Science X Newsletter Monday, Dec 9

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Here is your customized Science X Newsletter for December 9, 2019:

Spotlight Stories Headlines

Study projects scenarios for water use reduction in thermal power plants using satellite imagery

CRISPR-resistant viruses build 'safe rooms' to shield genomes from DNA-dicing enzymes

How Enceladus got its stripes

Newly identified jet-stream pattern could imperil global food supplies, says study

Scientists show evolutionary principle in microbes of offshore Southern California

IRAS 18379–1707 is a metal-poor high-velocity star, observations find

Shape-programmable dielectric liquid crystal elastomer actuators

Storing data in everyday objects

In surprise breakthrough, scientists create quantum states in everyday electronics

In a split second, clothes make the man more competent in the eyes of others

Reorganizing a computer chip: Transistors can now both process and store information

Last remaining glaciers in the Pacific will soon melt away

Ancient worm reveals way to destroy toxic cells in Huntington's disease

Experiment closes critical gap in weather forecasting

Hanabi: Facebook AI steps up to cooperative gameplay

Physics news

Shape-programmable dielectric liquid crystal elastomer actuators

Materials scientists aim to use bioinspired soft robots to carry out advanced interactions between humans and robots, but the associated technology remains to be developed. For example, soft actuators must perform quickly with force to deliver programmable shape changes and the devices should be easy to fabricate and energy efficient for untethered applications. In a new report on Science Advances, Zoey S. Davidson and an interdisciplinary research team in the departments of Physical Intelligence, Materials Science and Engineering, and the School of Medicine in Germany, U.S. and Turkey, combined several characteristics of interest using two distinct active materials systems to build soft robots.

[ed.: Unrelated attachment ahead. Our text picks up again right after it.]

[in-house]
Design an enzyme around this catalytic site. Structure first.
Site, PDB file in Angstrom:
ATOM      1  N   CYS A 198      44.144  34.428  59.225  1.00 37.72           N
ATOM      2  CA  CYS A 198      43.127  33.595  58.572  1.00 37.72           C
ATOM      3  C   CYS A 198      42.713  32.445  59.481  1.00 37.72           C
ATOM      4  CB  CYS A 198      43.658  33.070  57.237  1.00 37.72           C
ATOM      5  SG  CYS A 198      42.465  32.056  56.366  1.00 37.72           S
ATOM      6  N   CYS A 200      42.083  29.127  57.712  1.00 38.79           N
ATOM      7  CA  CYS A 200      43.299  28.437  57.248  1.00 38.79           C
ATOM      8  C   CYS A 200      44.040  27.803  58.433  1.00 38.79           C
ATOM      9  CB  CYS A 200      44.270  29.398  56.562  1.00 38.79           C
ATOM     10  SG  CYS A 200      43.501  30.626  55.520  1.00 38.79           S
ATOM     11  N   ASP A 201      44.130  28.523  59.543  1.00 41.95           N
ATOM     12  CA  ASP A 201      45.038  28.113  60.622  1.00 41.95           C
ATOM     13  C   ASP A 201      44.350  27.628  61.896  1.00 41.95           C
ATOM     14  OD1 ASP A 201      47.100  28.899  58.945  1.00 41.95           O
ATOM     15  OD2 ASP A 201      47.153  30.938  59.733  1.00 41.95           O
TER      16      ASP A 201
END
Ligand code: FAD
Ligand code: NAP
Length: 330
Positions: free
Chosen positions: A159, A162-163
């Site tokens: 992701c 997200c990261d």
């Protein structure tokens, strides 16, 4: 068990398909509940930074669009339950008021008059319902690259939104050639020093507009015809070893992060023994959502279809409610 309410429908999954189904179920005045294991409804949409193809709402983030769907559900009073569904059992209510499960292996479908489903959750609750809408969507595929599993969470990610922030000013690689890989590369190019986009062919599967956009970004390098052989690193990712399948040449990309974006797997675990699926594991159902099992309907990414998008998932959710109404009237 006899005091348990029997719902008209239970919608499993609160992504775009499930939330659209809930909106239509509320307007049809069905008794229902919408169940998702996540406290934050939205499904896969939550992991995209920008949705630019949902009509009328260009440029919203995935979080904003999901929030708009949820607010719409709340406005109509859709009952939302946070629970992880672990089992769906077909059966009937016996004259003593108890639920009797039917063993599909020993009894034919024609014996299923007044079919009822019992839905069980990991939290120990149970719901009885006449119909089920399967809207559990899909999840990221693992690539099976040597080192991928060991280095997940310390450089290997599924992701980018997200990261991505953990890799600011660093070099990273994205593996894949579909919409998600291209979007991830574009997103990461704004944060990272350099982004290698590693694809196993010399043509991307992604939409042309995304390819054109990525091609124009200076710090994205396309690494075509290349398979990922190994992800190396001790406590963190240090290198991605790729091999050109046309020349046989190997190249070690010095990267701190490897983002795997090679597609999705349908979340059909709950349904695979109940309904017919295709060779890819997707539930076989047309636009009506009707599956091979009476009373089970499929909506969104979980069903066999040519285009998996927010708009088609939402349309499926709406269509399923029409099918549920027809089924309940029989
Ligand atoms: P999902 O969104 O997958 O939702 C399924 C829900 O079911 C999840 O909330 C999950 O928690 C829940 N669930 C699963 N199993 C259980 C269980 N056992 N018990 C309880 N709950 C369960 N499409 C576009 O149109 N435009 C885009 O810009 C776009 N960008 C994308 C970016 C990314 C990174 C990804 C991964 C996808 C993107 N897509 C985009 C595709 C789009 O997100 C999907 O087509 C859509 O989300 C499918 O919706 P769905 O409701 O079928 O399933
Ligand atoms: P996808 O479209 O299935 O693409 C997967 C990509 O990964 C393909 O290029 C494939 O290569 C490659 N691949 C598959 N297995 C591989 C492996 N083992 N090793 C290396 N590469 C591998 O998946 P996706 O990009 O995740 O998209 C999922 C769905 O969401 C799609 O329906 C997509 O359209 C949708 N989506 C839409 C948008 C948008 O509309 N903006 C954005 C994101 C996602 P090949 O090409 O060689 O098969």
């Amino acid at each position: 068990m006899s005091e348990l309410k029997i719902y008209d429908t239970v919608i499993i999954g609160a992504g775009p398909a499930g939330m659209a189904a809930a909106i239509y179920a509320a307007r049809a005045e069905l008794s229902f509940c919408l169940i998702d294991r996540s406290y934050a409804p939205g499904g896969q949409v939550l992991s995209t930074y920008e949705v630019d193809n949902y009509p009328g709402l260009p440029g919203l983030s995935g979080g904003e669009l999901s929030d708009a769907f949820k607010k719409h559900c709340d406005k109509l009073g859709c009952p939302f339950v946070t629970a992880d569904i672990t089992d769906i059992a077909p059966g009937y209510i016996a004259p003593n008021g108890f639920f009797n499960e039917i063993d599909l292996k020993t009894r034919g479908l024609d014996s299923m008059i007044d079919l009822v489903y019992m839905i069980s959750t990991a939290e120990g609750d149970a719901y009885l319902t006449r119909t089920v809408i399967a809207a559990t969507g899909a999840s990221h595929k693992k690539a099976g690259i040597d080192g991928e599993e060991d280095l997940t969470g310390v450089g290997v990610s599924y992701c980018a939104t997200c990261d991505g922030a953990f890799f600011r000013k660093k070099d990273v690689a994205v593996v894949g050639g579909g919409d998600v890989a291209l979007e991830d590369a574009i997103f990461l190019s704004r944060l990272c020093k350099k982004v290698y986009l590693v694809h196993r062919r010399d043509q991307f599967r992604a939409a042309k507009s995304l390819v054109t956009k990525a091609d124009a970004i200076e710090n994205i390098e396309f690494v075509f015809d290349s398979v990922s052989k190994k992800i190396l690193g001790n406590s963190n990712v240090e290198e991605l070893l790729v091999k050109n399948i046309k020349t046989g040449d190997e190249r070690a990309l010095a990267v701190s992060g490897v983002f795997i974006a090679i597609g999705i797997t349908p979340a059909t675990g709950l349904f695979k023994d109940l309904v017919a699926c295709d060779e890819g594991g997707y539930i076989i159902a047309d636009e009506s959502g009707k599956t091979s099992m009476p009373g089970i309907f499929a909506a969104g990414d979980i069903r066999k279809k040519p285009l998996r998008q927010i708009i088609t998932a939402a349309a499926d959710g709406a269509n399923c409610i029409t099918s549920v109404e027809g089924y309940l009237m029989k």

In surprise breakthrough, scientists create quantum states in everyday electronics

After decades of miniaturization, the electronic components we've relied on for computers and modern technologies are now starting to reach fundamental limits. Faced with this challenge, engineers and scientists around the world are turning toward a radically new paradigm: quantum information technologies.

Spin on perovskite research advances potential for quantum computing

The next generation of information technology could take advantage of spintronics—electronics that use the minuscule magnetic fields emanating from spinning electrons as well as the electric charges of the electrons themselves—for faster, smaller electronic devices that use less energy.

Liquid flow is influenced by a quantum effect in water

Researchers at EPFL have discovered that the viscosity of solutions of electrically charged polymers dissolved in water is influenced by a quantum effect. This tiny quantum effect influences the way water molecules interact with one another. Yet, it can lead to drastic changes in large-scale observations. This effect could change the way scientists understand the properties and behavior of solutions of biomolecules in water, and lead to a better understanding of biological systems.

Study calls 200-year-old law about gas mixtures into question

According to a new study led by a team from The University of New Mexico, centuries-old laws about the behavior of gas mixtures do not apply in the presence of shock waves.

Understanding color at a nanoscale

Some of the most vibrantly colored creatures in the animal kingdom don't owe their amazing colors to pigment. Instead, they cover themselves with microscopic structures that fine tune the way they reflect light.

Ultrafast stimulated emission microscopy of single nanocrystals